No judicial officials in 13 Ghazni districts
GHAZNI CITY (Pajhwok): Residents and provincial council members say there are no judicial officials in 13 districts of southern Ghazni province and people approach Taliban militants to decide their problems.
These districts include Nawar, Ajristan, Gilan, Nawa, Ab Band, Giru, Andar, Waghaz, Behram Shaheed, Wali Mohammad Shaheed, Rashidan, Zana Khan and Deh Yak.
But judicial officials exist in Ghazni City, the provincial capital, Khwaja Omri, Jaghori, Qarah Bagh, Malistan and Maqur districts.
Ghazni provincial council chief Hamidullah Nowroz told Pajhwok Afghan News that there were no justice and judicial workers in 13 districts of the province.
He said residents of the 13 districts mostly approached tribal elders and Taliban militants to resolve their legal matters.
The public representative urged the provincial government to send judicial officials to all the districts in order people could resolve their legal issues.
Another member of the provincial council, Hassan Raza Yousafi, said in addition to the lack of judicial organs, there were no other departments in various districts.
He said judicial officials despite being offered attractive salaries were not willing to perform duty in districts due to security concerns.
“A policeman is given 12,000 afghanis in monthly salary and he performs duty in district and judicial officials receive high salaries but they sit idle in Ghazni City and do not go districts.”
Yousafi also confirmed people often approached tribal elders and Taliban militants seeking solution to their legal issues.
A resident of Rashidan district, Abdullah, told Pajhwok Afghan News there were no government officials except security forces in the district.
“For legal issues, people either go to Kabul or to Taliban,” he said, adding most government workers of the district lived in Ghazni City and Kabul.
Andar district chief Mohammad Qaseem Desiwal said there were no judicial officials in the town. “I have tried many times to make functional the judicial system here, but judicial workers are refusing to perform duty here.”
But Desiwal said people did not approach Taliban to resolve their legal issues, but they approached tribal elders.
Similarly, Rashidan district chief Mohammad Karim said: “When I became the district chief, there were no government workers here. I told all the departments to send their workers here or fire them.”
The district chief said there were government employees who had never seen the district but they regularly pocketed salaries for years.
A resident of Deh Yak district, Mohammadullah, said he had resolved a land dispute with his cousin through the Taliban.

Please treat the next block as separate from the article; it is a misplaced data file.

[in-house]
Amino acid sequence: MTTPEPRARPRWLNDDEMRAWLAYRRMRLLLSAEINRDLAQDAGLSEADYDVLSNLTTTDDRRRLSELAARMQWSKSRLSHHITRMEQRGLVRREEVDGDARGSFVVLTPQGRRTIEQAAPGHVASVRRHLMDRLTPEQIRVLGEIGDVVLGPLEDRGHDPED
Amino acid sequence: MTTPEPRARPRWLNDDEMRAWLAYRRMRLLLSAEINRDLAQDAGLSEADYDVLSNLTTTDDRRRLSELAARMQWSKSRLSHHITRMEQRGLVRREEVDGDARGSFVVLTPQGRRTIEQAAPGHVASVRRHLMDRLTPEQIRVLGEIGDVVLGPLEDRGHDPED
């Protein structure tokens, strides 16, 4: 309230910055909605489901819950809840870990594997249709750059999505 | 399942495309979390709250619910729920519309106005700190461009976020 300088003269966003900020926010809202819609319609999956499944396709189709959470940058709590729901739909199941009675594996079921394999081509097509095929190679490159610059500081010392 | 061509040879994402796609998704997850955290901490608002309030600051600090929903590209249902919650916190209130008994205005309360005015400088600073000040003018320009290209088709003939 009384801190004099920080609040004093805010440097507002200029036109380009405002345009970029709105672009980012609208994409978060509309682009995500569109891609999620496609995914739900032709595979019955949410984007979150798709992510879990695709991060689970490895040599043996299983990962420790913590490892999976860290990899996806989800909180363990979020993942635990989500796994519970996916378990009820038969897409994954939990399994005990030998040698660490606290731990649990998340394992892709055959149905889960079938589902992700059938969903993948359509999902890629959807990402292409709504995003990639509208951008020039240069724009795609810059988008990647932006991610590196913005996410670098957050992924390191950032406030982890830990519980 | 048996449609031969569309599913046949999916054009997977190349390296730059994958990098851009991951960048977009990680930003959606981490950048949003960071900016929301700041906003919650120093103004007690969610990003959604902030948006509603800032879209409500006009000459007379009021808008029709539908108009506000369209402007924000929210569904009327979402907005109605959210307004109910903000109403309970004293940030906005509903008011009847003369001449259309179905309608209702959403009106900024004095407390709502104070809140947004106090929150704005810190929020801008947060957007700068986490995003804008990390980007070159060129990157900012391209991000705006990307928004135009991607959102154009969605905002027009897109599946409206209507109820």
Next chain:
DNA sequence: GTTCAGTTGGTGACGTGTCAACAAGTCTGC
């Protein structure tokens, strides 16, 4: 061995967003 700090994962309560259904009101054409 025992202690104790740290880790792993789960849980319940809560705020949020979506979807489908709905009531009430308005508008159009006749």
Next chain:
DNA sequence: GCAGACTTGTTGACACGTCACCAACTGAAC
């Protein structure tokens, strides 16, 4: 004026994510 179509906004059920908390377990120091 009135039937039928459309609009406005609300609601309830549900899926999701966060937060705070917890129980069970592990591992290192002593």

He told Pajhwok Afghan News the dispute lasted five years. “First there were no judicial officials in the district, so I went to Ghazni city, but my problem could be solved.”
The resident said in Ghazni City, sometimes judicial officials would demand money and sometimes they were absent from duty, forcing him to approach the Taliban who referred him to the Quetta Council.
“We reached Quetta and went to a Taliban place which was at the end of a long street. We were taken to a basement where Taliban judges were sitting. They decided our case in half an hour and we also accepted their decision,” Mohammadullah said.
Ghazni appellant attorney Abdul Rashid Abid also acknowledged there were no judicial officials in most of the districts.
“Some time ago we introduced judicial workers to Gilan, Maqur and Qarah Bagh districts, but they returned after a month and said they faced security problems.”
Abid said judicial officials would be introduced to all districts once the security situation became satisfactory.
Ghazni governor Abdul Karim Matin also acknowledged the issue which he said would be resolved soon. Matin was recently appointed as the governor of Ghazni province.
Taliban spokesman Zabihullah Mujahid said in many provinces, including Ghazni, people used to decide their legal issues through Taliban.
“We neither accept bribes and delay people’s cases like government and that is why people come to Taliban to resolve their issues.”
However, he said the Taliban did not send people to Quetta, the capital of Pakistan’s Balochistan province, but to Nawa district where Taliban judges existed.
Nawa district is with the Taliban over the past 10 years.
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